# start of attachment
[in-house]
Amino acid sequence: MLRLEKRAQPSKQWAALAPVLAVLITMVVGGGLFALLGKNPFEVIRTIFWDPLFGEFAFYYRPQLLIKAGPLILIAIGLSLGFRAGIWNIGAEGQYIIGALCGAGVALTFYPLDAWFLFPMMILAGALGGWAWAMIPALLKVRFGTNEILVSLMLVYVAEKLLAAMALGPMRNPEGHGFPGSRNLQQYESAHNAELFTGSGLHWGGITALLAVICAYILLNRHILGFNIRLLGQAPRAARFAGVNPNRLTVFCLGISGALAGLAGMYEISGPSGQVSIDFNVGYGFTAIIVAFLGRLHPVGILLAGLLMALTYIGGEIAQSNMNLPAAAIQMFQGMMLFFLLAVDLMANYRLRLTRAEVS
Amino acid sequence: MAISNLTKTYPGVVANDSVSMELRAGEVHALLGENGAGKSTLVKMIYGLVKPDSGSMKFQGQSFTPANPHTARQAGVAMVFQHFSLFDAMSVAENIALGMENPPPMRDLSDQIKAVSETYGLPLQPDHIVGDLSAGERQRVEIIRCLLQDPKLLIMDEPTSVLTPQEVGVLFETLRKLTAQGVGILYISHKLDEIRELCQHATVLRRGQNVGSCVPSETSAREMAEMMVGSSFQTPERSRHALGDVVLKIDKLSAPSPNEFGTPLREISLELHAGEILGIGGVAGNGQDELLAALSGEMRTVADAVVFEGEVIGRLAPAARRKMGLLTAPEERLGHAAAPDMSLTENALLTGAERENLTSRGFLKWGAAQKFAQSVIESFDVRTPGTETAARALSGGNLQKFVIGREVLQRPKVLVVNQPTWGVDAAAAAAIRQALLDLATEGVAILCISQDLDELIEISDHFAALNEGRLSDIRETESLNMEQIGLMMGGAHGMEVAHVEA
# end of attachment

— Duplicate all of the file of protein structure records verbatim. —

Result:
[in-house]
Amino acid sequence: MLRLEKRAQPSKQWAALAPVLAVLITMVVGGGLFALLGKNPFEVIRTIFWDPLFGEFAFYYRPQLLIKAGPLILIAIGLSLGFRAGIWNIGAEGQYIIGALCGAGVALTFYPLDAWFLFPMMILAGALGGWAWAMIPALLKVRFGTNEILVSLMLVYVAEKLLAAMALGPMRNPEGHGFPGSRNLQQYESAHNAELFTGSGLHWGGITALLAVICAYILLNRHILGFNIRLLGQAPRAARFAGVNPNRLTVFCLGISGALAGLAGMYEISGPSGQVSIDFNVGYGFTAIIVAFLGRLHPVGILLAGLLMALTYIGGEIAQSNMNLPAAAIQMFQGMMLFFLLAVDLMANYRLRLTRAEVS
Amino acid sequence: MAISNLTKTYPGVVANDSVSMELRAGEVHALLGENGAGKSTLVKMIYGLVKPDSGSMKFQGQSFTPANPHTARQAGVAMVFQHFSLFDAMSVAENIALGMENPPPMRDLSDQIKAVSETYGLPLQPDHIVGDLSAGERQRVEIIRCLLQDPKLLIMDEPTSVLTPQEVGVLFETLRKLTAQGVGILYISHKLDEIRELCQHATVLRRGQNVGSCVPSETSAREMAEMMVGSSFQTPERSRHALGDVVLKIDKLSAPSPNEFGTPLREISLELHAGEILGIGGVAGNGQDELLAALSGEMRTVADAVVFEGEVIGRLAPAARRKMGLLTAPEERLGHAAAPDMSLTENALLTGAERENLTSRGFLKWGAAQKFAQSVIESFDVRTPGTETAARALSGGNLQKFVIGREVLQRPKVLVVNQPTWGVDAAAAAAIRQALLDLATEGVAILCISQDLDELIEISDHFAALNEGRLSDIRETESLNMEQIGLMMGGAHGMEVAHVEA